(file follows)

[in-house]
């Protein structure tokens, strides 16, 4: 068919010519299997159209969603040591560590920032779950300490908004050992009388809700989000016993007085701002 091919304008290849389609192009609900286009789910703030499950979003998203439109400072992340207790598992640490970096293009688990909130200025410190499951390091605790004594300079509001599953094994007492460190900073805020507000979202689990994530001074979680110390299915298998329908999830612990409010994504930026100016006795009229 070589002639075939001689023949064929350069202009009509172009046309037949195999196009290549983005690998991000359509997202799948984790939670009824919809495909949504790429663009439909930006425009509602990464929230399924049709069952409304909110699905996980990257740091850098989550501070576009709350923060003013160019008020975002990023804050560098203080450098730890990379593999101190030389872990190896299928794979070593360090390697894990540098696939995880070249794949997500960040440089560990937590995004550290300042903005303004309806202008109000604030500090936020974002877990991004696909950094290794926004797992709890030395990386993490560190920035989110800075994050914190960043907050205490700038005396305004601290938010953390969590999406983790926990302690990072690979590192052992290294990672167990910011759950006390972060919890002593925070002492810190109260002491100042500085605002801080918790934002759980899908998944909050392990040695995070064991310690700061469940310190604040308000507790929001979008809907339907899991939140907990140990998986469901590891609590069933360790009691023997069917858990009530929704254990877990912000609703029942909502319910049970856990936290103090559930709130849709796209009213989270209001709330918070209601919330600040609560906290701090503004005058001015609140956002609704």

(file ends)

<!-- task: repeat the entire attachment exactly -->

[in-house]
């Protein structure tokens, strides 16, 4: 068919010519299997159209969603040591560590920032779950300490908004050992009388809700989000016993007085701002 091919304008290849389609192009609900286009789910703030499950979003998203439109400072992340207790598992640490970096293009688990909130200025410190499951390091605790004594300079509001599953094994007492460190900073805020507000979202689990994530001074979680110390299915298998329908999830612990409010994504930026100016006795009229 070589002639075939001689023949064929350069202009009509172009046309037949195999196009290549983005690998991000359509997202799948984790939670009824919809495909949504790429663009439909930006425009509602990464929230399924049709069952409304909110699905996980990257740091850098989550501070576009709350923060003013160019008020975002990023804050560098203080450098730890990379593999101190030389872990190896299928794979070593360090390697894990540098696939995880070249794949997500960040440089560990937590995004550290300042903005303004309806202008109000604030500090936020974002877990991004696909950094290794926004797992709890030395990386993490560190920035989110800075994050914190960043907050205490700038005396305004601290938010953390969590999406983790926990302690990072690979590192052992290294990672167990910011759950006390972060919890002593925070002492810190109260002491100042500085605002801080918790934002759980899908998944909050392990040695995070064991310690700061469940310190604040308000507790929001979008809907339907899991939140907990140990998986469901590891609590069933360790009691023997069917858990009530929704254990877990912000609703029942909502319910049970856990936290103090559930709130849709796209009213989270209001709330918070209601919330600040609560906290701090503004005058001015609140956002609704």